There has recently been an important registration change for teatseal, meaning it is now registered for use in reducing BMCC, as opposed to just preventing clinical mastitis.

Clinical mastitis

Is an infection of the mammary gland which results in;

Heat, redness, pain and swelling in the udder; and/or

Visible changes in the milk (e.g. watery milk, clots, blood) which persist for more than 3 strips of foremilk

Subclinical mastitis

Is an infection of the mammary gland which doesn’t present with any of the signs described above, but results in an increased somatic cell count in the milk. The threshold for defining subclinical mastitis is usually an ICCC =250,000 cells/mL.

Both clinical and subclinical mastitis are associated with significant costs to the dairy farmer. Dairy Australia’s milk quality and mastitis program, Countdown, estimates that the cost of a case of clinical mastitis is $270 on average (although this may be considerably higher depending on milk price and cow production).

The cost of subclinical mastitis is incurred due to reduced milk production, and also the reduced milk price paid by processors for high bulk milk cell count (BMCC) milk. The actual cost varies between farms due to different payment structures, but the diagram below gives you an estimate of the cost of increasing BMCC. For example, if a herd’s BMCC increases from 200,000 cells/mL to 300,000 cells/mL it would cost approximately $119 ($56 + $63) per cow per year, which for a 300 cow herd equates to $35,700 per year.

Australian field trial

A study undertaken in 2014 and 2015 on 8 herds in Victoria and NSW, involved approximately 1500 cows. Cows that were not administered Teatseal (i.e. dry cow antibiotic only) were twice as likely to have subclinical mastitis in the first 60 days of lactation than cows that were administered Teatseal and dry cow antibiotic. The Teatseal group had an estimated average BMCC which was 45,000 cells/mL less than the non-Teatseal group. This difference is similar to the size of the steps in the Countdown diagram, which at any BMCC level represents a large potential saving to the farmer for using Teatseal.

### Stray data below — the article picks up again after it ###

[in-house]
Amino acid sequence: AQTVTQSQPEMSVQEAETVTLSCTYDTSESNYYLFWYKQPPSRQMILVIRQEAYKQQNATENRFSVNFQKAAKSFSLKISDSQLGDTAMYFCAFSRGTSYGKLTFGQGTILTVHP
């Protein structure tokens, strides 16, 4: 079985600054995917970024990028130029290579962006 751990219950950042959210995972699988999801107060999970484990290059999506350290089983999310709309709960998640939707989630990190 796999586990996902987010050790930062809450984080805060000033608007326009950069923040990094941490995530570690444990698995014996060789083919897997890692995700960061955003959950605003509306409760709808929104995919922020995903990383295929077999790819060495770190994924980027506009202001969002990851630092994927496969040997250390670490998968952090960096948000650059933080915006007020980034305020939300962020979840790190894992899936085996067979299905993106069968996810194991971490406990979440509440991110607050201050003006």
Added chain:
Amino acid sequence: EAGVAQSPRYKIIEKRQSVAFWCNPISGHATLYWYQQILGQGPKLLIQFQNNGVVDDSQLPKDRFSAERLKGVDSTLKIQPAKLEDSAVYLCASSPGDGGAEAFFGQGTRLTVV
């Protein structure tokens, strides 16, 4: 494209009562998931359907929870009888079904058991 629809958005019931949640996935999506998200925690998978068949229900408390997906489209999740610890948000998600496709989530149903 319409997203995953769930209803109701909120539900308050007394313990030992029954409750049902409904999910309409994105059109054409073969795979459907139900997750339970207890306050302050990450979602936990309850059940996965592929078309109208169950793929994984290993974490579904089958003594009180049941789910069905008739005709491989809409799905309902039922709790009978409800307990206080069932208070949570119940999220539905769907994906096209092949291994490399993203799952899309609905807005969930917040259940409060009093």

The graph below represents a herd in the Western District of Victoria and illustrates the beneficial effects on the herd’s BMCC after initiating Teatseal use in cows at dry off, in addition to antibiotic dry cow therapy. This graph clearly demonstrates a significant drop in the herd BMCC following the first use of Teatseal in the milking herd, as well as another drop in BMCC the subsequent year, when they began to Teatseal maiden heifers. Importantly, the BMCC has remained low and relatively stable in the subsequent years.